1st September 2012

Book 77, Country 83 - Iceland

Tainted Blood by Arnaldur Indridason - translated from Icelandic and first published in the UK as Jar City in 2004

An excellent crime novel set in and around Reykjavik.  A man is murdered in his flat and a cryptic note is left behind by the murderer.  Detective Erlendur and his team delve into his past and discover that he was accused of rape 40 years earlier.  As they unravel more they discover that the true story is far more complicated than it first appears and involves Iceland's Genetic Research Centre.  The same team of detectives appears in other novels by the same author but each novel stands up well on its own.  Maps of Iceland and Reykjavik are included, which are useful for those of us whose geography of Icleand is minimal.   8/10

25th August 2012

Book 76 - Country 82 - Greenland

Cold Earth by Sarah Moss - first published in the UK in 2009

 A team of 6 archaeologists travel to a remote and unpopulated place on the west coast of Greenland to excavate a Viking settlement.  However the group members fail to 'gel' and gradually they realise that their leader hasn't brought enough food or made firm arrangements for them to be collected at the end of their stay.  The story is narrated by each of the team in turn but mostly by Nina, who soon becomes aware of a ghostly stranger in their midst.  She thinks it is a Viking, who is unhappy that the team are digging up human skeletons in a graveyard.  The rest of the team think Nina is just neurotic.  Meanwhile back in the rest of the world a flu pandemic is spreading across the world.  Then the team's communication links with the outside world fail and no one comes to pick them up, as the long dark cold Arctic winter approaches and their food runs out.   The story then ends abruptly with the survivors having been rescued and returning to their homes.  However details of the rescue are absent and it all feels a bit unsatisfactory and unclear with several unanswered questions, e.g. who rescued them, and what was the outcome of the pandemic.  The book reminded me of Michel Paver's Dark Matter but it much less convincing or terrifying than that excellent book, which is set on the Norwegian archipelago of Svalbard in the 1930s.      6/10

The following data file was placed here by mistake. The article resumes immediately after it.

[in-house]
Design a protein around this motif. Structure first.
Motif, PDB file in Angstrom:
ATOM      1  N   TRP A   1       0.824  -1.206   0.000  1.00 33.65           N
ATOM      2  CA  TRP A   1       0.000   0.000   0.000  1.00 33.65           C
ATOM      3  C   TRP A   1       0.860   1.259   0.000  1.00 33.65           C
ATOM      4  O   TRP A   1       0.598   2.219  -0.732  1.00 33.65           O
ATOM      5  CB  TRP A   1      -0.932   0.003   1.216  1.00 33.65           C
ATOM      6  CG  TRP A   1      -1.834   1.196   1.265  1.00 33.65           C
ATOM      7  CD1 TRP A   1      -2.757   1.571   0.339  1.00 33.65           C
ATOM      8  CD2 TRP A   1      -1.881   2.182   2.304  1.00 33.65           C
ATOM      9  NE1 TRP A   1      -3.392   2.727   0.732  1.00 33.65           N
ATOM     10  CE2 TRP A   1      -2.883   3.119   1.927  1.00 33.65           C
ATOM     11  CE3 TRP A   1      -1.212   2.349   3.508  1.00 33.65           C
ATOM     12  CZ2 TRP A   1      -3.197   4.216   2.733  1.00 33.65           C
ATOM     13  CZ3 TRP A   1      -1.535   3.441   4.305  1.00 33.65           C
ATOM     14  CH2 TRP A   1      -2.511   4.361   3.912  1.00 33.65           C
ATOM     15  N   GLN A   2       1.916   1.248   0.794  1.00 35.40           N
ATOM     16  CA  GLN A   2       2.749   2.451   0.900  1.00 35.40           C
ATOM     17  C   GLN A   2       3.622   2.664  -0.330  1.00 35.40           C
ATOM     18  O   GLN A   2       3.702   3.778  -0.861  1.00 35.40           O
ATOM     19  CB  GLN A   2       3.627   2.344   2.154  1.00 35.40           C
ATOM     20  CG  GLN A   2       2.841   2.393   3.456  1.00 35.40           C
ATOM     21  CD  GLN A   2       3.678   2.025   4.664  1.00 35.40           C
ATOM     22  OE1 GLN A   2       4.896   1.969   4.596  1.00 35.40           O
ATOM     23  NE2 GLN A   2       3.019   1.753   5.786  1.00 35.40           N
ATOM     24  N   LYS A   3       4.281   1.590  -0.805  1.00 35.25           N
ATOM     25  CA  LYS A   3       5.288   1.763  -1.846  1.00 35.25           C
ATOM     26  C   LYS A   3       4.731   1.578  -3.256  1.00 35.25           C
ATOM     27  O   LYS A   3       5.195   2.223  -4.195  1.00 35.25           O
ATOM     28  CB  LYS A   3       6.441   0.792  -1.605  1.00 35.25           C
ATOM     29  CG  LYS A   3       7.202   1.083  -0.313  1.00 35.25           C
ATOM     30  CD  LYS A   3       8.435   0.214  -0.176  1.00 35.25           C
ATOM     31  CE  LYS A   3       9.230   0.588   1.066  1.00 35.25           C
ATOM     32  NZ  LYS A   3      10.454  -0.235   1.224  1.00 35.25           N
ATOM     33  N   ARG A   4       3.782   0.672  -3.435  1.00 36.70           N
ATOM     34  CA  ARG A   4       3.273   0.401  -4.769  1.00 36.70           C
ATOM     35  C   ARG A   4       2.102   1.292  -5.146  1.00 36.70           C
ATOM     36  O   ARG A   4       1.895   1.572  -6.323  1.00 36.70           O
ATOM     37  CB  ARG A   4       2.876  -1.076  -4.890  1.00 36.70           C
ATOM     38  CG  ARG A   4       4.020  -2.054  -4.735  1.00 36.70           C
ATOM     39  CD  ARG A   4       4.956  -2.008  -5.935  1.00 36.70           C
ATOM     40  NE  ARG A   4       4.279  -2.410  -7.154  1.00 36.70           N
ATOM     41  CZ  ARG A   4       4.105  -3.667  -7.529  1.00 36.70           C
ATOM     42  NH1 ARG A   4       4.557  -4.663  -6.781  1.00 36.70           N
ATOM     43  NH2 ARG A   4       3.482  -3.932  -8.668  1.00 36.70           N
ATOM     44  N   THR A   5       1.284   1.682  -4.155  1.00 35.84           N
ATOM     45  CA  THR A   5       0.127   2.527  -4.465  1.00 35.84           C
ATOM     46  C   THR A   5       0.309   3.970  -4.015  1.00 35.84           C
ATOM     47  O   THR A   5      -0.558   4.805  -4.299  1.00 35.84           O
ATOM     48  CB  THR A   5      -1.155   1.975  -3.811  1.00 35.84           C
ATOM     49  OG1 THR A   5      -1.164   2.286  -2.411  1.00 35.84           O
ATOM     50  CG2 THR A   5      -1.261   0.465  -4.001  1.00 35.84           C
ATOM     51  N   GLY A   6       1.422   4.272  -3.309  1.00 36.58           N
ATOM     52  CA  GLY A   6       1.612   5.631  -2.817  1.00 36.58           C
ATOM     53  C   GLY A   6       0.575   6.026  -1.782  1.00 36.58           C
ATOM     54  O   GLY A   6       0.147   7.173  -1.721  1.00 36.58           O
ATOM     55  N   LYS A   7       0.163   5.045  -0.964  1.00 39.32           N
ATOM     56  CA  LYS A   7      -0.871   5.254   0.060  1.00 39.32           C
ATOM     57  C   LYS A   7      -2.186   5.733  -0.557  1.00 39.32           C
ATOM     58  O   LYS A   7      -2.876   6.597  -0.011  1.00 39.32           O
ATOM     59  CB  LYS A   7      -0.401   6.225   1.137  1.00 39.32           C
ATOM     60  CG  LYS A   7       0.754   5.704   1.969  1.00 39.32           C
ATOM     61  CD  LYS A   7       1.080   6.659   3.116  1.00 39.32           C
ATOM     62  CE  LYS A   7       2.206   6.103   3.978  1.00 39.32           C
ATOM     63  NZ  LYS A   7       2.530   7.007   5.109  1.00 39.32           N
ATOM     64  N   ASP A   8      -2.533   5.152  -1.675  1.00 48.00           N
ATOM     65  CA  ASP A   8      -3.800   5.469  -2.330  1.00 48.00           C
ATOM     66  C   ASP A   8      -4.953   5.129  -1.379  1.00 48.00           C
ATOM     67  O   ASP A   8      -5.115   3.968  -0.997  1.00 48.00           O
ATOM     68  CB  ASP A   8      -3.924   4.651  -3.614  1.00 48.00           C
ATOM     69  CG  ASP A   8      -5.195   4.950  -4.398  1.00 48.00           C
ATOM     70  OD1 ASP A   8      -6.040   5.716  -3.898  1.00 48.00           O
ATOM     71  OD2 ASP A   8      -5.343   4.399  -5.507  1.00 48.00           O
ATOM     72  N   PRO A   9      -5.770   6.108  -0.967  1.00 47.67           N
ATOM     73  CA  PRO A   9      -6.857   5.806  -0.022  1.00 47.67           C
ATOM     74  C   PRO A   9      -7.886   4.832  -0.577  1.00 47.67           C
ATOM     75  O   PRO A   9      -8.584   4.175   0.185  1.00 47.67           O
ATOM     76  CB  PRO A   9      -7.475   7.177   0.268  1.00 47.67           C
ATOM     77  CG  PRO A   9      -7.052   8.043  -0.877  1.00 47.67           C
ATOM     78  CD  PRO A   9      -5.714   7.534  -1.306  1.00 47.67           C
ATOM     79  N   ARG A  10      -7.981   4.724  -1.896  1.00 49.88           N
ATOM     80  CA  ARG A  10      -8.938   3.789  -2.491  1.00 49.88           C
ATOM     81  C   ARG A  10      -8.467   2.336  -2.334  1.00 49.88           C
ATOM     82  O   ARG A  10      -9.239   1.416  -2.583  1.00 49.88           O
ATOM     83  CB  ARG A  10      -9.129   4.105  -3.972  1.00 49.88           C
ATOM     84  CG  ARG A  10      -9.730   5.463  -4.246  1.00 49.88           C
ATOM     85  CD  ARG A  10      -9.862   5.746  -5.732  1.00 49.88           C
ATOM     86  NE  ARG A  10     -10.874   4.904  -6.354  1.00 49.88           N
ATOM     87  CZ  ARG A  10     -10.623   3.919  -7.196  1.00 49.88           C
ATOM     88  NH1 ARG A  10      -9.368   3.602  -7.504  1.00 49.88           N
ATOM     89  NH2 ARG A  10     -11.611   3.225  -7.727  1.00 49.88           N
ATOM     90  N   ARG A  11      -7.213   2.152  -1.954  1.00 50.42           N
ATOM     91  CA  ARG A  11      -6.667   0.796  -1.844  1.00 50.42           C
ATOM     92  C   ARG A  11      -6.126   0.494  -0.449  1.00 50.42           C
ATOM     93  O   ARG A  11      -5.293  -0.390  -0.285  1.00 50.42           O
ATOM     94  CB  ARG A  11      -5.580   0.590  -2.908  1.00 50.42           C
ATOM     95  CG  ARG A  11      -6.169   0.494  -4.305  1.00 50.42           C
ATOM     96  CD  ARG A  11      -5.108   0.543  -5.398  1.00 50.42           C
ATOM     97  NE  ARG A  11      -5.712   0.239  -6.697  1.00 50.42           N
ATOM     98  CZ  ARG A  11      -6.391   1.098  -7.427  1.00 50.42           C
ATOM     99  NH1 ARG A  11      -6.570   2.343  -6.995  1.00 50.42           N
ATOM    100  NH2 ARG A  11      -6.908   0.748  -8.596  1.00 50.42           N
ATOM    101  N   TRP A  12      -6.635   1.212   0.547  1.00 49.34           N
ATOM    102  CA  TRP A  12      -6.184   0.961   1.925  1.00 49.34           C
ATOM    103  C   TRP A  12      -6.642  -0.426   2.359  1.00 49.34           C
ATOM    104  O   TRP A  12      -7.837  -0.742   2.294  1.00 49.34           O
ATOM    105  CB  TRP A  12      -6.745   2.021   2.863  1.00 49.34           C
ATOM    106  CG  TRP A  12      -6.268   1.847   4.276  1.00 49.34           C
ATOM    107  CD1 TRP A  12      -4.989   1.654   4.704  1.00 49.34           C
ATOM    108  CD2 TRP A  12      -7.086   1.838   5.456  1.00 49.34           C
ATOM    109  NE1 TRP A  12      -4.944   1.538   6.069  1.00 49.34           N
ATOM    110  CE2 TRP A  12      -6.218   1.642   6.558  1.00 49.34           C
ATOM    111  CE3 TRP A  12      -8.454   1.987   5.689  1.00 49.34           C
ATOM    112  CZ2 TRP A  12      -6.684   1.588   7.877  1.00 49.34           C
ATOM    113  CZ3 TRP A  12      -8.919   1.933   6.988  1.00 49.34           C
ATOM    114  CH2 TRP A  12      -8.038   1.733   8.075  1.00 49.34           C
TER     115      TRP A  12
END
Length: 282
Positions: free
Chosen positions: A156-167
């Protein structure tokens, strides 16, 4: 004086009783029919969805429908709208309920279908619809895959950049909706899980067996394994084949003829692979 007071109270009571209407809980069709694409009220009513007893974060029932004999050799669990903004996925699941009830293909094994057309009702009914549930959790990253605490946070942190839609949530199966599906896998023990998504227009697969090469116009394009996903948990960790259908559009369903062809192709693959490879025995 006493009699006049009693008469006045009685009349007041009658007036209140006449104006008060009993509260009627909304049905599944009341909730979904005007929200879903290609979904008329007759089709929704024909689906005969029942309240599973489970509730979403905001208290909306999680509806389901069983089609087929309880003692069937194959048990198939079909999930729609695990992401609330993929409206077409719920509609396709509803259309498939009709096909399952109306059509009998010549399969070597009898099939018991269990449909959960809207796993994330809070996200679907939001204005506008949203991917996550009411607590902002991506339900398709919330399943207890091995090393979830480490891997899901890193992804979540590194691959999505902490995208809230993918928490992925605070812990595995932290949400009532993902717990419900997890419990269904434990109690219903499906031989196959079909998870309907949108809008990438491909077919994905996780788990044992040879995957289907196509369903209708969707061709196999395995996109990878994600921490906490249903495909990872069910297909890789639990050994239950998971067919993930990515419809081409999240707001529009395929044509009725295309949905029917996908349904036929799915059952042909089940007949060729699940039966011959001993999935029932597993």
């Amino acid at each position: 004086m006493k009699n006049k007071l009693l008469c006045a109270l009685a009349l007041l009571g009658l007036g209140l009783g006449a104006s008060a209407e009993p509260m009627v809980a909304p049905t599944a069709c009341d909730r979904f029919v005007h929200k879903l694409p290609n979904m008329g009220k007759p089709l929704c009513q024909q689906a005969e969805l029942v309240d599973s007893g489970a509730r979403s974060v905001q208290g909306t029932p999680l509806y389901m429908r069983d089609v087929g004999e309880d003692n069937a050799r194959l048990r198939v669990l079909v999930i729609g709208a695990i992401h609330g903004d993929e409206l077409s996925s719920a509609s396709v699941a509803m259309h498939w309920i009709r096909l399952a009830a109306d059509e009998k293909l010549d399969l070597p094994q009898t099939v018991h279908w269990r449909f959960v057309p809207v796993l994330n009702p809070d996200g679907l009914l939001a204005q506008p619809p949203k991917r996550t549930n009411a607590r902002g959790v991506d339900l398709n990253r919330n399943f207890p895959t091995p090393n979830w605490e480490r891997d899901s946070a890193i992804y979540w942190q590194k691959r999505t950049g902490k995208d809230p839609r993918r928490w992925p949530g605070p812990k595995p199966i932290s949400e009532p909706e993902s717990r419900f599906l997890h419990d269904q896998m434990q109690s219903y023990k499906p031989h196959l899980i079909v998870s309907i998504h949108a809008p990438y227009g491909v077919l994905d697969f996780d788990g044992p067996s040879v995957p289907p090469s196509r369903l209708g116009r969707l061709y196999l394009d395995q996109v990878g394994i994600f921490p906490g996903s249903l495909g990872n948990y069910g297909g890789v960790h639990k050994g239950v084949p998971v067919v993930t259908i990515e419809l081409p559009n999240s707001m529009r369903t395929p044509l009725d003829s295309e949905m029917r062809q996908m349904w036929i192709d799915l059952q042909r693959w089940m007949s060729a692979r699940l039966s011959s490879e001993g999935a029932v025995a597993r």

10th August 2012

Wednesday, 11 July 2012

Book 75, Country 81 - Canada

No Cry for Help – Grant McKenzie – first published in the UK in 2010

The wife and 2 young sons of Canadian bus driver Wallace Carver vanish from a shopping mall in the USA.  The police suspect him but he is innocent and has no idea why they have been taken.  Wallace is determined to get them back and he enlists the help of a friend and his friend’s relatives.  The book is a real page-turner and the pace rarely lets up.  However I thought the plot was a bit thin and unbelievable.  There is quite a lots of violence and several people come to various sticky ends at the hands of each other and Wallace and his friends.  I found it hard to believe that an ordinary law abiding citizen would have had the skills and mental and physical strength to survive all the events in the book.  6/10

9th July 2012